As waves travel, they set up patterns of disturbance. The amplitude of a wave is its maximum disturbance from its undisturbed position. It is important to note that the amplitude is not the distance between the top and bottom of a wave.
The wavelength of a wave is the distance between a point on one wave and the same point on the next wave. It is often easiest to measure this from the trough of one wave to the crest of the next wave. But it doesn't matter where you measure it - as long as it is the same point on each wave.
The frequency of a wave is the number of waves produced by a source each second. It is also the number of waves that pass a certain point each second.
The unit of frequency is the hertz (Hz). It is common for kilohertz (kHz), megahertz (MHz) and gigahertz (GHz) to be used when waves have very high frequencies. For example:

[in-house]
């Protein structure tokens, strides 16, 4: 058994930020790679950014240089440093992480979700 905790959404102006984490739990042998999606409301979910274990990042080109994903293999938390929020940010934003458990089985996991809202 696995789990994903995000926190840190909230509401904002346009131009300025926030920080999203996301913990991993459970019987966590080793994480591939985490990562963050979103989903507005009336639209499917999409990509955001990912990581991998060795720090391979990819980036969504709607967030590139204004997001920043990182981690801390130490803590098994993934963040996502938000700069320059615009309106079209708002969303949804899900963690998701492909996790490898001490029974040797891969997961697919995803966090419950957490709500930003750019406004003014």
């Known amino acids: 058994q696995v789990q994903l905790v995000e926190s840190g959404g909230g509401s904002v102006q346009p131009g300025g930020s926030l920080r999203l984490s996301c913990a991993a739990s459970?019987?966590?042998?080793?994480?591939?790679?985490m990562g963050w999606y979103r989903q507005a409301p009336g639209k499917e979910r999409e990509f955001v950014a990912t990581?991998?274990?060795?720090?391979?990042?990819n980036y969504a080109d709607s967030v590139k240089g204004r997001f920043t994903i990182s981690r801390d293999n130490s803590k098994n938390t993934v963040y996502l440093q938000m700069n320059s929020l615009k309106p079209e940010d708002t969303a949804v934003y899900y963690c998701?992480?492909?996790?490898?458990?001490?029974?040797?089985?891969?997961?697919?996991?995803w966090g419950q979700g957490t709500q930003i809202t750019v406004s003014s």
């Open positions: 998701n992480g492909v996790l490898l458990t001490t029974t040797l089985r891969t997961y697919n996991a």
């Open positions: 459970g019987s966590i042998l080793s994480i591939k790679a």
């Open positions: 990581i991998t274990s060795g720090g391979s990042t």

- most people cannot hear a high-pitched sound above 20 kHz
- radio stations broadcast radio waves with frequencies of about 100 MHz
- most wireless computer networks operate at 2.4 GHz
When waves meet a gap in a barrier, they carry on through the gap. However, the waves spread out to some extent into the area beyond the gap. This is diffraction.
The extent of the spreading depends on how the width of the gap compares to the wavelength of the waves. Significant diffraction only happens when the wavelength is of the same order of magnitude as the gap.